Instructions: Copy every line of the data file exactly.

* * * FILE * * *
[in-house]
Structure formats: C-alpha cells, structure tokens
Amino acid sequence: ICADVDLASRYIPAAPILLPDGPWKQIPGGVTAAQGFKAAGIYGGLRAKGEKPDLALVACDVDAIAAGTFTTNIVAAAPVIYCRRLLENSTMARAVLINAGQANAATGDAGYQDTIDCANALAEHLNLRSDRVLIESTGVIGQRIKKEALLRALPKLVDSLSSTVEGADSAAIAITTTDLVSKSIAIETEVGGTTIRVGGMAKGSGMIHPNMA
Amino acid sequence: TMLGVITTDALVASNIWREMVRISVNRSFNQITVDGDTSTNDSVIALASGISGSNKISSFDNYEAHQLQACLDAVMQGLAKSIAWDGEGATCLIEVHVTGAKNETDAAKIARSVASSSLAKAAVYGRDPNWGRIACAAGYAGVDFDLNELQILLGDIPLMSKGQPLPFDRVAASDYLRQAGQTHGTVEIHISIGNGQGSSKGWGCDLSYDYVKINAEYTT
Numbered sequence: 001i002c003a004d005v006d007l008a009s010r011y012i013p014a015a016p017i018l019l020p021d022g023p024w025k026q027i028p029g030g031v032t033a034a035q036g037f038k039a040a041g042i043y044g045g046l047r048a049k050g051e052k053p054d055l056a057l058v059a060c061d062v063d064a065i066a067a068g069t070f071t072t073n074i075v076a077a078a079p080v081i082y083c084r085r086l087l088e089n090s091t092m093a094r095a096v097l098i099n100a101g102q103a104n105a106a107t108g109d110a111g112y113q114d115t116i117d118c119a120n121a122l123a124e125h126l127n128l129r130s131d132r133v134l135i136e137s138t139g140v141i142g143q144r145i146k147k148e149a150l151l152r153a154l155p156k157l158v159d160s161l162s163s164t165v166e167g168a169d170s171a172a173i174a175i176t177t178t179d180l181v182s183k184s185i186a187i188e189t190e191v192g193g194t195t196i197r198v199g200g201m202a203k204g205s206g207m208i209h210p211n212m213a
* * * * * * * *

[in-house]
Structure formats: C-alpha cells, structure tokens
Amino acid sequence: ICADVDLASRYIPAAPILLPDGPWKQIPGGVTAAQGFKAAGIYGGLRAKGEKPDLALVACDVDAIAAGTFTTNIVAAAPVIYCRRLLENSTMARAVLINAGQANAATGDAGYQDTIDCANALAEHLNLRSDRVLIESTGVIGQRIKKEALLRALPKLVDSLSSTVEGADSAAIAITTTDLVSKSIAIETEVGGTTIRVGGMAKGSGMIHPNMA
Amino acid sequence: TMLGVITTDALVASNIWREMVRISVNRSFNQITVDGDTSTNDSVIALASGISGSNKISSFDNYEAHQLQACLDAVMQGLAKSIAWDGEGATCLIEVHVTGAKNETDAAKIARSVASSSLAKAAVYGRDPNWGRIACAAGYAGVDFDLNELQILLGDIPLMSKGQPLPFDRVAASDYLRQAGQTHGTVEIHISIGNGQGSSKGWGCDLSYDYVKINAEYTT
Numbered sequence: 001i002c003a004d005v006d007l008a009s010r011y012i013p014a015a016p017i018l019l020p021d022g023p024w025k026q027i028p029g030g031v032t033a034a035q036g037f038k039a040a041g042i043y044g045g046l047r048a049k050g051e052k053p054d055l056a057l058v059a060c061d062v063d064a065i066a067a068g069t070f071t072t073n074i075v076a077a078a079p080v081i082y083c084r085r086l087l088e089n090s091t092m093a094r095a096v097l098i099n100a101g102q103a104n105a106a107t108g109d110a111g112y113q114d115t116i117d118c119a120n121a122l123a124e125h126l127n128l129r130s131d132r133v134l135i136e137s138t139g140v141i142g143q144r145i146k147k148e149a150l151l152r153a154l155p156k157l158v159d160s161l162s163s164t165v166e167g168a169d170s171a172a173i174a175i176t177t178t179d180l181v182s183k184s185i186a187i188e189t190e191v192g193g194t195t196i197r198v199g200g201m202a203k204g205s206g207m208i209h210p211n212m213a